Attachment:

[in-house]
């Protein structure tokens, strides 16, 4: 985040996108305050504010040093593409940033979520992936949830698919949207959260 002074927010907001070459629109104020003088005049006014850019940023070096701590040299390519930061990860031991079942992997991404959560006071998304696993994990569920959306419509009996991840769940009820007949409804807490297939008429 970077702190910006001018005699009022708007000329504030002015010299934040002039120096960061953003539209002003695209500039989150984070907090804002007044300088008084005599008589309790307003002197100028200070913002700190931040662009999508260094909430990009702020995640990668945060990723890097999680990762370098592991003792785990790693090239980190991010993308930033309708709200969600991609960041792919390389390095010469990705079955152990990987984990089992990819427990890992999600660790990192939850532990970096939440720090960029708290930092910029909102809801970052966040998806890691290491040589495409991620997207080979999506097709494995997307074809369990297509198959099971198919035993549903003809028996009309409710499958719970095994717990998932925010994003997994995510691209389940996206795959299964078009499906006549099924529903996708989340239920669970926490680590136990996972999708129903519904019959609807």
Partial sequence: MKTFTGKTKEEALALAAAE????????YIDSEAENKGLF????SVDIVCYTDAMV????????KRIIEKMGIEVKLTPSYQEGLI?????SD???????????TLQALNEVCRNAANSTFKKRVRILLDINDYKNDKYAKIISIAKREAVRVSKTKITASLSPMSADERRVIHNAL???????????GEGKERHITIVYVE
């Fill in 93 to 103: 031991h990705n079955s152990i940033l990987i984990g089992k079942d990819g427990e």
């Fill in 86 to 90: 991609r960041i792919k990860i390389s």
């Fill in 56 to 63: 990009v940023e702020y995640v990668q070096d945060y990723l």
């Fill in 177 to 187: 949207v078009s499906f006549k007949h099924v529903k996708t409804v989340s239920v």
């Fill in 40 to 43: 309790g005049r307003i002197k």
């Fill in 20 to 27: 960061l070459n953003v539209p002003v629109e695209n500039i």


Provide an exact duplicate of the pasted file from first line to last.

[in-house]
């Protein structure tokens, strides 16, 4: 985040996108305050504010040093593409940033979520992936949830698919949207959260 002074927010907001070459629109104020003088005049006014850019940023070096701590040299390519930061990860031991079942992997991404959560006071998304696993994990569920959306419509009996991840769940009820007949409804807490297939008429 970077702190910006001018005699009022708007000329504030002015010299934040002039120096960061953003539209002003695209500039989150984070907090804002007044300088008084005599008589309790307003002197100028200070913002700190931040662009999508260094909430990009702020995640990668945060990723890097999680990762370098592991003792785990790693090239980190991010993308930033309708709200969600991609960041792919390389390095010469990705079955152990990987984990089992990819427990890992999600660790990192939850532990970096939440720090960029708290930092910029909102809801970052966040998806890691290491040589495409991620997207080979999506097709494995997307074809369990297509198959099971198919035993549903003809028996009309409710499958719970095994717990998932925010994003997994995510691209389940996206795959299964078009499906006549099924529903996708989340239920669970926490680590136990996972999708129903519904019959609807």
Partial sequence: MKTFTGKTKEEALALAAAE????????YIDSEAENKGLF????SVDIVCYTDAMV????????KRIIEKMGIEVKLTPSYQEGLI?????SD???????????TLQALNEVCRNAANSTFKKRVRILLDINDYKNDKYAKIISIAKREAVRVSKTKITASLSPMSADERRVIHNAL???????????GEGKERHITIVYVE
């Fill in 93 to 103: 031991h990705n079955s152990i940033l990987i984990g089992k079942d990819g427990e």
């Fill in 86 to 90: 991609r960041i792919k990860i390389s």
């Fill in 56 to 63: 990009v940023e702020y995640v990668q070096d945060y990723l």
């Fill in 177 to 187: 949207v078009s499906f006549k007949h099924v529903k996708t409804v989340s239920v």
């Fill in 40 to 43: 309790g005049r307003i002197k």
């Fill in 20 to 27: 960061l070459n953003v539209p002003v629109e695209n500039i």